Ben’s Games of the Year

(Alternately titled “10 Games that Aren’t Undertale”)

Before I list out my favorite games of 2015 (which you will likely disagree with), I just have to apologize to everything that didn’t make it on this list. 2015 was one hell of a year for gaming, and despite the number of open-world, 100-hour behemoths I turned away from, there were dozens of titles that really made their mark on me. I probably missed a good ten or twenty games that would have given even this stellar line-up a run for their money: after all, a good number of these came out of nowhere for me and really made their home in my head.

So, sorry in advance to everything that didn’t make this list. You’re all winners anyway.


  1. Rock Band 4

How the hell did this make it here? If you follow me on Twitter, you likely saw me ranting about the disappointments of Rock Band 4 through late October and much of November. The career mode is a joke, I couldn’t properly patch my wireless guitar (?!?) for a good month, and if you’re coming into the game with a decent chunk of old DLC, be prepared to spend an hour individually downloading every song through a menu buckling under the weight of your library. In several respects, the whole enterprise feels like a shadow of its former self.


But in spite of all its failings, Rock Band 4 is still Rock Band. It harnesses the purity of enjoying music, offering an addictive, soothing experience regardless of whether you’re strumming along on your own or partying with friends. So go ahead, throw on some leather pants and boot up Ziggy Stardust. You won’t regret it.


  1. DiRT Rally

In a year where everyone and their uncle offered their own take on simulation racing, DiRT Rally was the only one I kept coming back to. It helped that they were slowly trickling out more content under the banner of Early Access, but the real draw happened behind the wheel. Forget lapping the AI or driving a Ferrari: here, you’ll be lucky to make it to the end of the track without careening off the edge of a cliff. DiRT Rally prioritizes self-improvement over messy wins, which makes it the first racing game I’ve ever played where finishing in fourth place isn’t a blow to my ego.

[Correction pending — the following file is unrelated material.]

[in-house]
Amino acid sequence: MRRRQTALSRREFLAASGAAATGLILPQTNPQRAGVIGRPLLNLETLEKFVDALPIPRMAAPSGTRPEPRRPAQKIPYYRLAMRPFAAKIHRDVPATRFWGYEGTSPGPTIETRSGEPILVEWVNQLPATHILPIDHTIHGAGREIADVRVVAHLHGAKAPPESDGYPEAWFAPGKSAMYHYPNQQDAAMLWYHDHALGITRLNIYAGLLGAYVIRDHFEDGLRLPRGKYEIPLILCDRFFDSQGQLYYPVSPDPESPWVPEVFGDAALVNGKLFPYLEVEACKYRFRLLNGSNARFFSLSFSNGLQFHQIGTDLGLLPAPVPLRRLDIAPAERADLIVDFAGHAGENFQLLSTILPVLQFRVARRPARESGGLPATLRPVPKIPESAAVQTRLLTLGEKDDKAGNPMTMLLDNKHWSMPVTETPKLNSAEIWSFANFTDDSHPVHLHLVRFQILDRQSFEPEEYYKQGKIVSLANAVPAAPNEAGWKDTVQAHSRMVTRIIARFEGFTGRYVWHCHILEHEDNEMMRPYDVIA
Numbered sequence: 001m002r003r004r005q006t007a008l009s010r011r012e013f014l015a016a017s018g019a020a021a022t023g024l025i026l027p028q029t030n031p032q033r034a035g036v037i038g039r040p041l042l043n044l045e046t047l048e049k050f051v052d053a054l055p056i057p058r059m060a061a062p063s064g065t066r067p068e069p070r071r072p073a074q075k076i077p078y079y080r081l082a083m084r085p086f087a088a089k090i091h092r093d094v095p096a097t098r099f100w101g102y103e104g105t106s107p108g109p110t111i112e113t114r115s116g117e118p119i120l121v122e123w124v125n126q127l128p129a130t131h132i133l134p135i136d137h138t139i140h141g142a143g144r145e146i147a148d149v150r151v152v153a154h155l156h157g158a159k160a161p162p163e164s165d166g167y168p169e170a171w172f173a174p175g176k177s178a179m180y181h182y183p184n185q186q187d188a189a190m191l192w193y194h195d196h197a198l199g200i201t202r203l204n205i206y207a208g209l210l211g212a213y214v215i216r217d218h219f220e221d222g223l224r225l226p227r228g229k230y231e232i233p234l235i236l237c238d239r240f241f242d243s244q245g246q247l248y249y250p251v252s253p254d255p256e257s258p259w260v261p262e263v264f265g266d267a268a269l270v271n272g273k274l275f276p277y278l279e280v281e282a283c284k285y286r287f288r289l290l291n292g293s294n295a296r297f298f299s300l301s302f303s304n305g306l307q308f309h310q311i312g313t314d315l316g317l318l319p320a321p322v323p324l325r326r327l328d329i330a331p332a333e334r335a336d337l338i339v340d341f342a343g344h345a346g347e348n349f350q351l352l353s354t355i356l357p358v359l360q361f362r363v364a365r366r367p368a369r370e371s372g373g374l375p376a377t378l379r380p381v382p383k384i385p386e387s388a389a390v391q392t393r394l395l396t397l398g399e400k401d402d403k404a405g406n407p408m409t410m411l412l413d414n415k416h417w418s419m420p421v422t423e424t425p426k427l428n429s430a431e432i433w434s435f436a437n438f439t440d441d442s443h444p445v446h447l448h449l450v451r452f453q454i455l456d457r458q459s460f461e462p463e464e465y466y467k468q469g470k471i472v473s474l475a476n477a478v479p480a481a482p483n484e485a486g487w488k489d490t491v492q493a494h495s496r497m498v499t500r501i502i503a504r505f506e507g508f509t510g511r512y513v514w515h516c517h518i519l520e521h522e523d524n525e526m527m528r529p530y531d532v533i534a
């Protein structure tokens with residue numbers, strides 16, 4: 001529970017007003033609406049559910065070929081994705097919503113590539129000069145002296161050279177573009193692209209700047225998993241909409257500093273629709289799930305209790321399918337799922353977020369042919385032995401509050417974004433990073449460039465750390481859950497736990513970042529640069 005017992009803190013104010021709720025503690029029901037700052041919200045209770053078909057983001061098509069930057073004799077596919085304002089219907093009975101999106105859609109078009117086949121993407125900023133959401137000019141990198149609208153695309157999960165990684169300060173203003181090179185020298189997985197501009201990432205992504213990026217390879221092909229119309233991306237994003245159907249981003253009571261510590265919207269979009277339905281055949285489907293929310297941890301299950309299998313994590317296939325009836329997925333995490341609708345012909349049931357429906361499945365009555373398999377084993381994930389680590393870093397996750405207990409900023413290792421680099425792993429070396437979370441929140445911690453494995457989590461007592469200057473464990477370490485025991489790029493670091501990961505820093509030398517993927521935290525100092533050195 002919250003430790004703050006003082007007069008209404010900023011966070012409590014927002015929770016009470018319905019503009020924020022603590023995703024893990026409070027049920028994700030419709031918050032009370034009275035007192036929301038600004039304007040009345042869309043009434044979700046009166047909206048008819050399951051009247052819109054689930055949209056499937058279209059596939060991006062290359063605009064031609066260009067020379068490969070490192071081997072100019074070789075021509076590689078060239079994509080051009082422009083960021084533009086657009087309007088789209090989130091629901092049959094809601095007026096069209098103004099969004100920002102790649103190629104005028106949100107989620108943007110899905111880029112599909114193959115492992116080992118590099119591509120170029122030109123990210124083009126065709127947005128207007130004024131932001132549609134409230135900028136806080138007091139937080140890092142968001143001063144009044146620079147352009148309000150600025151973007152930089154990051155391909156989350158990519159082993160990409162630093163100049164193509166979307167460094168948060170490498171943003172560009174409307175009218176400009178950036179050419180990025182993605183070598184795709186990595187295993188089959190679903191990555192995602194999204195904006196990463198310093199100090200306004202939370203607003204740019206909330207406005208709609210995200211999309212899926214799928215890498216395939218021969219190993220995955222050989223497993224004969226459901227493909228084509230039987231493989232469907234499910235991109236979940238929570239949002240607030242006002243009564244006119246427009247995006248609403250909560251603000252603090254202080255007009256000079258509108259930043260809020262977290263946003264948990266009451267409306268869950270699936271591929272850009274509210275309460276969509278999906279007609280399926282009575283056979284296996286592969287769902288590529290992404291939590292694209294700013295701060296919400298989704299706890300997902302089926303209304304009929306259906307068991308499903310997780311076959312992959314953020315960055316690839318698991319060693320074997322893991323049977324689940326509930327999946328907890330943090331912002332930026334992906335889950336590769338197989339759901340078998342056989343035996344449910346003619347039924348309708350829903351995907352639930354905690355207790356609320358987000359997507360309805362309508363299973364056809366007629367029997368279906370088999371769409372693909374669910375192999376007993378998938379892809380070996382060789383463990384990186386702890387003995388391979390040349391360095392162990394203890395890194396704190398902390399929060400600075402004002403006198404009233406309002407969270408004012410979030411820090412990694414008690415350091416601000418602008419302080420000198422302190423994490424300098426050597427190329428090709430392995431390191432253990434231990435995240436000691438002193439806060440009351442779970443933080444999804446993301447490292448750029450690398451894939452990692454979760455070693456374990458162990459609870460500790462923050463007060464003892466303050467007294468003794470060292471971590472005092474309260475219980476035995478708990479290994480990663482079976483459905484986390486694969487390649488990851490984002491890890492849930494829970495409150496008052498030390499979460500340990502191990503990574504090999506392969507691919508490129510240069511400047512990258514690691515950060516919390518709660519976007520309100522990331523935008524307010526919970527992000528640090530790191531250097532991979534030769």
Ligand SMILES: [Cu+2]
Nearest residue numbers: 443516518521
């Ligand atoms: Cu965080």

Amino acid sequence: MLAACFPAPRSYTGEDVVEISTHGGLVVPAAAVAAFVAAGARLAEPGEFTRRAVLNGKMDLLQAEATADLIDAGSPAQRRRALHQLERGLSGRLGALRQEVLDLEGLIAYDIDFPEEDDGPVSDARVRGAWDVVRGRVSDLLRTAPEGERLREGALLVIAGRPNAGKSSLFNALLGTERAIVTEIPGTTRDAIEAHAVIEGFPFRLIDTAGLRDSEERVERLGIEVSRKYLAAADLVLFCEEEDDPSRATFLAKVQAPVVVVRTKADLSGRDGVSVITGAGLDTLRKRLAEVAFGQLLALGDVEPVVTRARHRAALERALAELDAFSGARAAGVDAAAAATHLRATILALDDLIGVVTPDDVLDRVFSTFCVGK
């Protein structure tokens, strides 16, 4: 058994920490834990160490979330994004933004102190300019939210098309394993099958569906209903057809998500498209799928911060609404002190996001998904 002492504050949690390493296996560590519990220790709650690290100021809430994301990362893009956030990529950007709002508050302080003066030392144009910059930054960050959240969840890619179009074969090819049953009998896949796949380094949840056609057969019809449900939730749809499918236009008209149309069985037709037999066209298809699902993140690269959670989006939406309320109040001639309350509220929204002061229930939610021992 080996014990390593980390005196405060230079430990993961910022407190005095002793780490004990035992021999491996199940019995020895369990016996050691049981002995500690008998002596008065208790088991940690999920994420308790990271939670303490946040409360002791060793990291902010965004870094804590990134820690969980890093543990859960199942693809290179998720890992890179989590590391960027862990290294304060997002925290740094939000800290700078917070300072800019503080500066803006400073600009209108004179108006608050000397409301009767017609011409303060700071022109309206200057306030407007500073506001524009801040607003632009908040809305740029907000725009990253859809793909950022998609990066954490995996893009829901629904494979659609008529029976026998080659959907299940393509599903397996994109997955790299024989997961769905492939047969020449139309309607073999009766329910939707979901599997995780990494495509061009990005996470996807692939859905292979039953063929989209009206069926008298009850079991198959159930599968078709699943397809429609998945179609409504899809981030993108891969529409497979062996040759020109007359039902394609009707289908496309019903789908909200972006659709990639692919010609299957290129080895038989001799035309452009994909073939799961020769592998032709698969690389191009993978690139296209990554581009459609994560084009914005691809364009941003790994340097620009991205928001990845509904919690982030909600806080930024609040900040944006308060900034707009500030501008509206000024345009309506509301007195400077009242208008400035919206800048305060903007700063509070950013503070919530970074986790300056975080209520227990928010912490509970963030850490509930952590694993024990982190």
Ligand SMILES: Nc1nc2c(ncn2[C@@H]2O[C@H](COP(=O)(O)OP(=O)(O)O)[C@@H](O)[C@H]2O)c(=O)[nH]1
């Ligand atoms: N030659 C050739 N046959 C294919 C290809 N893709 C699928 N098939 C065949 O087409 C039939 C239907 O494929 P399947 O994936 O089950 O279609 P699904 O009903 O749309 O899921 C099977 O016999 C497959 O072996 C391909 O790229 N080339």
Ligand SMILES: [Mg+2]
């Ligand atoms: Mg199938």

1. The Beginner’s Guide

It takes just over an hour to reach the end, but in that time, The Beginner’s Guide weaved a quietly implosive story that left me feeling like utter garbage. I can’t say much more without spoiling what makes it so special, so trust me when I say that I just gave it a compliment of the highest order, and it’s very much worth your time.


  1. Halo 5 Guardians

The campaign’s slapdash pacing and utterly boring Warden boss (seriously, who thought inserting the same boss fight 5+ times was a good idea?) really grated on me. And Warzone’s “pay-to-win” collectible card nonsense has no place in a $60 game. But Halo 5 Guardians also has Breakout, a lightning-quick, wildly-addictive game mode that makes a solid case for hardcore traits like instant death and no helpful radar. It’s the only new game this year that marketed itself as a potential eSport and felt totally justified in doing so.